Saturday, April 27, 2013

Torn lead rope, "Is Tril supposed to be backwards?"--awesome lesson anyway. Dammit.

Time for another lesson.

Took the new German martingale, took my new gloves, took some ibuprofen, took a puff from the inhaler.  :::puts sunglasses on:::  Let's do this.

A kind friend offered to trailer Tril and me over--well, trailer Tril, I got to ride up front in the truck--and she had a lesson right after mine, so it was a fun twofer for both of us.  We got to have our own lesson then learn by watching someone else's.

But first: as we pulled up and parked the rig, the trainer called out in quizzical amusement, "Is Tril supposed to be backwards??"  My friend and I: "Whuhhh??"  "Tril is backwards."  "Whuhhhhh?"

We got out of the truck, walked to the back of the rig, and sure enough Tril had his previously tied nose sticking out the back of the trailer.  I figured my Houdini had untied himself, as he has done on many, many occasions at the hitching post.

"Is something on my face?"

Working on the next one
I don't know if he chewed through that lead rope or tore it, but dude got himself free.  Unbelievable.  Except it's Tril, so.... believable.  He then apparently decided to take a gander at the world we were leaving behind and turned himself around, though because of having to share the slant load with another horse didn't make it the full 180 degrees (which made unloading interesting).  But, thankfully, my goofball didn't hurt himself, something he so excels at doing.  Considering his major medical insurance had lapsed and he was no longer covered as of midnight last night, I am grateful that tempting the fates only meant a little jocular reminder as to WHY this horse needs major medical.  Seriously.

I'm thinking of starting a trophy wall for him.  I'm sure this won't be the last.
The trainer lunged him and warmed him up, doing a lot of bending at the walk under saddle.  I watched carefully, taking a few videos on my phone, so I could see ways I could get him to use his flat-muscled butt correctly.  She commented he was more stiff than the last time I had brought him out, which made sense--I had not been able to ride him in 5 days,  I'd tried, but the property owner is getting new drainage pipes put in, which meant digging and machinery right in front of the hitching post and tack room three days in a row.  Ah well.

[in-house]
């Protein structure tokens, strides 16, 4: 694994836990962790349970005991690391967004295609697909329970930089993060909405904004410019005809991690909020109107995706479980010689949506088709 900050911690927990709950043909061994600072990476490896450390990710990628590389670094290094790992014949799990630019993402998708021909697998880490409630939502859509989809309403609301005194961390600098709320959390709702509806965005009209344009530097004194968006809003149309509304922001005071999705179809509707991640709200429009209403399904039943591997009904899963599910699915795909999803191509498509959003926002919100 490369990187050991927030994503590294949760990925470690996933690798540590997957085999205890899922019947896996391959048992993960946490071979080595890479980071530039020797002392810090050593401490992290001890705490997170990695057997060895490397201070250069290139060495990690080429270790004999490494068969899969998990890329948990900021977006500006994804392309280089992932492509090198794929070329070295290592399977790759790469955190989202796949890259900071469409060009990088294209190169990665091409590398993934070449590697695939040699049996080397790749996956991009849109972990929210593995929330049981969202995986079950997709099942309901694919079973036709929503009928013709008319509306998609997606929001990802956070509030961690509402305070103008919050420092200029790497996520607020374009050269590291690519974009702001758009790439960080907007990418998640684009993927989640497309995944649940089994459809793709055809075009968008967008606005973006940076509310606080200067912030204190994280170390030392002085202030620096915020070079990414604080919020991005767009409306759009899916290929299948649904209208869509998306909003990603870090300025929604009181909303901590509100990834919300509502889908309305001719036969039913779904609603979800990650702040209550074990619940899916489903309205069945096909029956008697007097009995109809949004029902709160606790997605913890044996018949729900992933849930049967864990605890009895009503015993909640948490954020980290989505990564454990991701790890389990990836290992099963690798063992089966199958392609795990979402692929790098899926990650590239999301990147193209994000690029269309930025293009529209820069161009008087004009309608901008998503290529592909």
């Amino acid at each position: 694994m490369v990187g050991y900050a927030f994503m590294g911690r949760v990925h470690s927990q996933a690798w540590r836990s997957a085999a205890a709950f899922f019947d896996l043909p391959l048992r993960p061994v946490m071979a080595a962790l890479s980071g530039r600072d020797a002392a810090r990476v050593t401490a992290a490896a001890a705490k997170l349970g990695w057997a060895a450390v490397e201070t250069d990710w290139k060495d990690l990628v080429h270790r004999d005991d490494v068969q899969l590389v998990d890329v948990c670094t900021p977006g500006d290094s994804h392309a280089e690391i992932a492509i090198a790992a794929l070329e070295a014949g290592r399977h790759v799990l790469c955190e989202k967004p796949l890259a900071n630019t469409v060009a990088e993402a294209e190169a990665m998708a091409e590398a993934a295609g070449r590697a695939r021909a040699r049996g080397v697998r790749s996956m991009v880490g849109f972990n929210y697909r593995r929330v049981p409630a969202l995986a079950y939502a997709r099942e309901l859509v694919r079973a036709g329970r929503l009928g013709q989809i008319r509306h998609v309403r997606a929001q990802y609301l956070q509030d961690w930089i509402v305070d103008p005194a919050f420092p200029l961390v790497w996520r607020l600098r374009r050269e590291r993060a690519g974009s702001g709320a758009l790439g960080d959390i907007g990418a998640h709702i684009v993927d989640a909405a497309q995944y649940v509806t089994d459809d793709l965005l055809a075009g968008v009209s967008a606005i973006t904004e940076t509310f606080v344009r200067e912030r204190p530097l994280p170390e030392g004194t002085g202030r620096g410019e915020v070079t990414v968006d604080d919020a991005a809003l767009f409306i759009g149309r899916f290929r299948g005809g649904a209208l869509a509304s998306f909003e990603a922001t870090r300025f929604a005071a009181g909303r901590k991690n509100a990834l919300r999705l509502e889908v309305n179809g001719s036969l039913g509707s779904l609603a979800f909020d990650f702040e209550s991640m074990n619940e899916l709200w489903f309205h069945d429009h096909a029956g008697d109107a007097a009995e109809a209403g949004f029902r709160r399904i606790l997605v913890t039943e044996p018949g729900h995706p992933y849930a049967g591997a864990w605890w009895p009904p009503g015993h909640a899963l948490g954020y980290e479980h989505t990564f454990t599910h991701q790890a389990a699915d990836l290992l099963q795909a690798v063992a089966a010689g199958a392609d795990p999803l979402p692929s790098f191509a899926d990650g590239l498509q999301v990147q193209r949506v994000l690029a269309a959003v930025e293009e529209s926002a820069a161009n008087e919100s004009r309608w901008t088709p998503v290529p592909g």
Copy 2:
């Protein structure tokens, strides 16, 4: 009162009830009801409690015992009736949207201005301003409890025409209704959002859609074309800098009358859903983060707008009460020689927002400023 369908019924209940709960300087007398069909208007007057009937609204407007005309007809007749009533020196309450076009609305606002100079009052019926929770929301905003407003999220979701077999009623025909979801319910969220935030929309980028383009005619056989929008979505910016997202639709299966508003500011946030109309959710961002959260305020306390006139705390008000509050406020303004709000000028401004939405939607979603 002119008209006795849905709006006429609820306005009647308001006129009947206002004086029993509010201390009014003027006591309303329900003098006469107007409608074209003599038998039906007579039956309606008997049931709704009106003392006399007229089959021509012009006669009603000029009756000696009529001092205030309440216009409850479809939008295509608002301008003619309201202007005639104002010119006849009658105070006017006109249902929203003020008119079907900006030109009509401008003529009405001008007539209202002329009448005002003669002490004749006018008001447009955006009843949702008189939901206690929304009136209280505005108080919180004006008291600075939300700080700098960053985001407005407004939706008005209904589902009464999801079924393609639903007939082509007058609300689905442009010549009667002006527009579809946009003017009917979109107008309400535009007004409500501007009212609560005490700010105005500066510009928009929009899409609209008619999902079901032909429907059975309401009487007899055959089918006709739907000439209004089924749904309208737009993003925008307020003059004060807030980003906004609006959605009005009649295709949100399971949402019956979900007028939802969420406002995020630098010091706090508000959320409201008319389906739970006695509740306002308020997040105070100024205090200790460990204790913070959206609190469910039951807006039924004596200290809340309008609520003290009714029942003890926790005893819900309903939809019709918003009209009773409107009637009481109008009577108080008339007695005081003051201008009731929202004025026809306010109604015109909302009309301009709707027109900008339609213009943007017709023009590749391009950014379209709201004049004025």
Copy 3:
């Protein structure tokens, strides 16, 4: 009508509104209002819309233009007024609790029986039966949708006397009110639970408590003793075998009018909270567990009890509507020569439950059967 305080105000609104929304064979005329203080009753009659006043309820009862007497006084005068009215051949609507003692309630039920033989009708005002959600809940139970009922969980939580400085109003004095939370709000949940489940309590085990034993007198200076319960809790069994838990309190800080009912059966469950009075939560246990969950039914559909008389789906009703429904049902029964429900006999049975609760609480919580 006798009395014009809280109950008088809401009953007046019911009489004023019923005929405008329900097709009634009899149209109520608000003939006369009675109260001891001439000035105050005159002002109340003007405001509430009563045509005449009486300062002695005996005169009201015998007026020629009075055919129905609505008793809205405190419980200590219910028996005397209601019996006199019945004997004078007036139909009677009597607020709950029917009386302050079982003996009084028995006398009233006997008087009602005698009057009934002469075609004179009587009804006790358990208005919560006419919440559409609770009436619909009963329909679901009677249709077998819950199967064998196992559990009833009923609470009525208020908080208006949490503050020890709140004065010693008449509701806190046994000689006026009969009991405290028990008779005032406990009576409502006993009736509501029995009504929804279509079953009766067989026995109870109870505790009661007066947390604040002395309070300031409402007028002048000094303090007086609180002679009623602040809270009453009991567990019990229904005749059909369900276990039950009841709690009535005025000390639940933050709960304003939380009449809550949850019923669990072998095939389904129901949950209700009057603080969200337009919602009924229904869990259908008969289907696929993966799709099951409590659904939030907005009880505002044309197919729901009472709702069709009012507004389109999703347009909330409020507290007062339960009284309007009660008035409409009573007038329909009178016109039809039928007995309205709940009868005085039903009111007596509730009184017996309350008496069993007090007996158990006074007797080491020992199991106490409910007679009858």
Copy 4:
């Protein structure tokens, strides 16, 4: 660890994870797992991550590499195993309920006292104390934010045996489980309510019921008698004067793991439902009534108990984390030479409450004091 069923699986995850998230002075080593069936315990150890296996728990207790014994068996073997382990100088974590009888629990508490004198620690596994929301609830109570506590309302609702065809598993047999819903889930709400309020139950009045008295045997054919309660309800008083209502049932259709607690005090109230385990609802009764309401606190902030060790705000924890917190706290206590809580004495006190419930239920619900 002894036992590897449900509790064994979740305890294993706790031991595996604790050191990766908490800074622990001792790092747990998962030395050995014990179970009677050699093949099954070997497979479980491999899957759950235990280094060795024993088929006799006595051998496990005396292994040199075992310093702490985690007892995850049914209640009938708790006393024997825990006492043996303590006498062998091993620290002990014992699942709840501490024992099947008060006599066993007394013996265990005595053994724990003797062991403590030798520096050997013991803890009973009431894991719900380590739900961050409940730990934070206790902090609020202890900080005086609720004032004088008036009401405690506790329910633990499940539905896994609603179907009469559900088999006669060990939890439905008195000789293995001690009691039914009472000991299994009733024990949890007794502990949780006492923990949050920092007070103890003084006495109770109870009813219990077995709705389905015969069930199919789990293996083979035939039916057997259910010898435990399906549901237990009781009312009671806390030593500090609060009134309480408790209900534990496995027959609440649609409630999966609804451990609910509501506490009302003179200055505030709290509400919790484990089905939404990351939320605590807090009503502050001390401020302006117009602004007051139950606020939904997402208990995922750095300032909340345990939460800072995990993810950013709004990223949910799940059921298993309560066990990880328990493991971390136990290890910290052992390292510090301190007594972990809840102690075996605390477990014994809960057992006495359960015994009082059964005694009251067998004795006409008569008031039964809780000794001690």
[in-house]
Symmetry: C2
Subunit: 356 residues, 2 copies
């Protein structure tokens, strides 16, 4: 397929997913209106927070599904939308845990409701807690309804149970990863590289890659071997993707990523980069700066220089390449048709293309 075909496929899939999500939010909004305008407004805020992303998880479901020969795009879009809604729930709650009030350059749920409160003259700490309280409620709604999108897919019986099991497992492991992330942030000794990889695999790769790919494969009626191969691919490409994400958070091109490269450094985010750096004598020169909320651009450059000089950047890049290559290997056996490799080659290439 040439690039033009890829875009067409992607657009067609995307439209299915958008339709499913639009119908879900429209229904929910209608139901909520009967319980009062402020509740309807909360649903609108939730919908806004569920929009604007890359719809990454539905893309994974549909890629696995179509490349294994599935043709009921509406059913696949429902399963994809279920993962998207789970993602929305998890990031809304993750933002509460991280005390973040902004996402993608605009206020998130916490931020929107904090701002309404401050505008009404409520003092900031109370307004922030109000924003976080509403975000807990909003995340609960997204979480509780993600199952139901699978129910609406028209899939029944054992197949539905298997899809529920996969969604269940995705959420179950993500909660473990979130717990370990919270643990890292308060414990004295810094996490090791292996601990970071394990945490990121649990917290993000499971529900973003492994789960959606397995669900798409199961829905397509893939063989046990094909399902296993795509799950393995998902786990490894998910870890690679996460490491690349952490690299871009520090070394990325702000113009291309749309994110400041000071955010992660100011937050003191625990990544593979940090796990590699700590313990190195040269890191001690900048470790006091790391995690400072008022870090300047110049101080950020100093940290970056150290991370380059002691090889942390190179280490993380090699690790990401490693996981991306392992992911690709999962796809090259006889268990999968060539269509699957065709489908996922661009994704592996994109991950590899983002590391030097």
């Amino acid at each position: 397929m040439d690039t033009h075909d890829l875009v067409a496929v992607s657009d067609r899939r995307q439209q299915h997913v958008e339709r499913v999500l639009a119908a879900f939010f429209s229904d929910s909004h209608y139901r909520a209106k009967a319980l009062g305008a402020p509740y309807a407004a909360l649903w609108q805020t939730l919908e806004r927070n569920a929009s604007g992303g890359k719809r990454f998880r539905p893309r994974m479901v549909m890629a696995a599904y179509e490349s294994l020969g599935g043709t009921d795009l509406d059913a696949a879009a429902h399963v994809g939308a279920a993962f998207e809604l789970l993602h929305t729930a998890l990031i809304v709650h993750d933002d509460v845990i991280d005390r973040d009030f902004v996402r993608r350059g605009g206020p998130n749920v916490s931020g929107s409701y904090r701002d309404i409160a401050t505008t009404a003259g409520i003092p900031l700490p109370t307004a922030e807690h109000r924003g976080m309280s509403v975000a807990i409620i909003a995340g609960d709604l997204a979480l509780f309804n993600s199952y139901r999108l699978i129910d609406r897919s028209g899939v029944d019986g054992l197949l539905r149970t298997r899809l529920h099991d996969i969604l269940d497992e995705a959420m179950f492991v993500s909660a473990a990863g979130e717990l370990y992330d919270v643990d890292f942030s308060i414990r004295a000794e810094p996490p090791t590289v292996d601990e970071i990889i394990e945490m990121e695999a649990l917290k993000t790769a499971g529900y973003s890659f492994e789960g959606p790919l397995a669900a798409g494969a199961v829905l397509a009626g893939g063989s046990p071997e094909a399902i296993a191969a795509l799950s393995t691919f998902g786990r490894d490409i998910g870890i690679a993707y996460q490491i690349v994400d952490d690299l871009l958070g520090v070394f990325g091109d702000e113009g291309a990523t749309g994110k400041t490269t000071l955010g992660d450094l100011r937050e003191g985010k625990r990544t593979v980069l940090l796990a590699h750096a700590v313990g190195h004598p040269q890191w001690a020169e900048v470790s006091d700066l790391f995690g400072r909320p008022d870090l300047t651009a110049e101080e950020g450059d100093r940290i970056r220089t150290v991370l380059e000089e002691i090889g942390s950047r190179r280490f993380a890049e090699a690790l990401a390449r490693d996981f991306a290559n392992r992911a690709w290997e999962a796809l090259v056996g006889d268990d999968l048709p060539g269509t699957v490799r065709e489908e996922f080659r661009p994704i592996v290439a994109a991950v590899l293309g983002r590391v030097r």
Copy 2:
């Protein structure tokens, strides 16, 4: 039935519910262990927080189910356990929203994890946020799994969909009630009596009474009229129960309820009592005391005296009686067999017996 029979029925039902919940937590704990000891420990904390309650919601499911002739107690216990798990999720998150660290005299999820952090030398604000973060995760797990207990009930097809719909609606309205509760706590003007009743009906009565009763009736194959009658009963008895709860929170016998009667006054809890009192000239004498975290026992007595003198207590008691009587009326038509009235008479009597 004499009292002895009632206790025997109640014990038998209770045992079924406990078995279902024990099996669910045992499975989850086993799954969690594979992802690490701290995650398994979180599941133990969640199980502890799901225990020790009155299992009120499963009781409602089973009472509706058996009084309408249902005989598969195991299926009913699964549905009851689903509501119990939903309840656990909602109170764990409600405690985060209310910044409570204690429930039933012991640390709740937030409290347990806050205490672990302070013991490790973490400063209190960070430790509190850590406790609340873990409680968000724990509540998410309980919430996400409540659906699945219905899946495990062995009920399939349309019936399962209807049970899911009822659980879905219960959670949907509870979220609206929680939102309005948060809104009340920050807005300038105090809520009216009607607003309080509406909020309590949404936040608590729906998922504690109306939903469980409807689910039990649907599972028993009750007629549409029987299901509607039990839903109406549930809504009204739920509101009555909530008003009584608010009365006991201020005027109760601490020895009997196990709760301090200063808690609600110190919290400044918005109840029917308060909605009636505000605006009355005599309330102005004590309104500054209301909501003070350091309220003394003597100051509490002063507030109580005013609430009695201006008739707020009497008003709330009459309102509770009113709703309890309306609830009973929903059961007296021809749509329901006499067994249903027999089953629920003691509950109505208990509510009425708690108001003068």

Bendy bendy

I was eager to get on, as I had had enough rides on Tril since my last lesson to have questions.  Not ones I could put into words and raise my hand and ask, but ones based on what I was feeling and not feeling and doing and not doing.  I was eager to get on and see what I discovered.

Well, let's see.

I ride stiffly myself turning to the right and tend to just brace that right rein and not let go.  This annoys Tril and is a prime example of me getting in the way of both of us.  I tend to not let him be straight going that direction because of that braced right rein--unaware, I keep him curved.  "Watch your horse's head," the trainer told me.  Yeah--perpetually turned slightly to the right.  Shoot.  Solution: lots of circles and changes of direction at the walk, making sure he goes straight in between each transition.  This is more for me than for him.

Actually, most of the lesson--perhaps all--was about me and not him.  I felt like a kid starting over again--the trainer actually did say I was going back to kindergarten (later she amended it, "Well, maybe that was going back to third grade").  I did a series of very useful, very excruciating drills where I would sit the trot, two point, post the trot, sit the trot, two point, lather, rinse, repeat.  This gave me tremendous feel for my lower leg position, but OH DEAR LORD.   I love, and hate, how absolutely exhausting and challenging that is.  I shall now do it every ride until it isn't exhausting and challenging, dammit.  I WILL CONQUER YOU.  Legs, shut up.  I have more ibuprofen at home.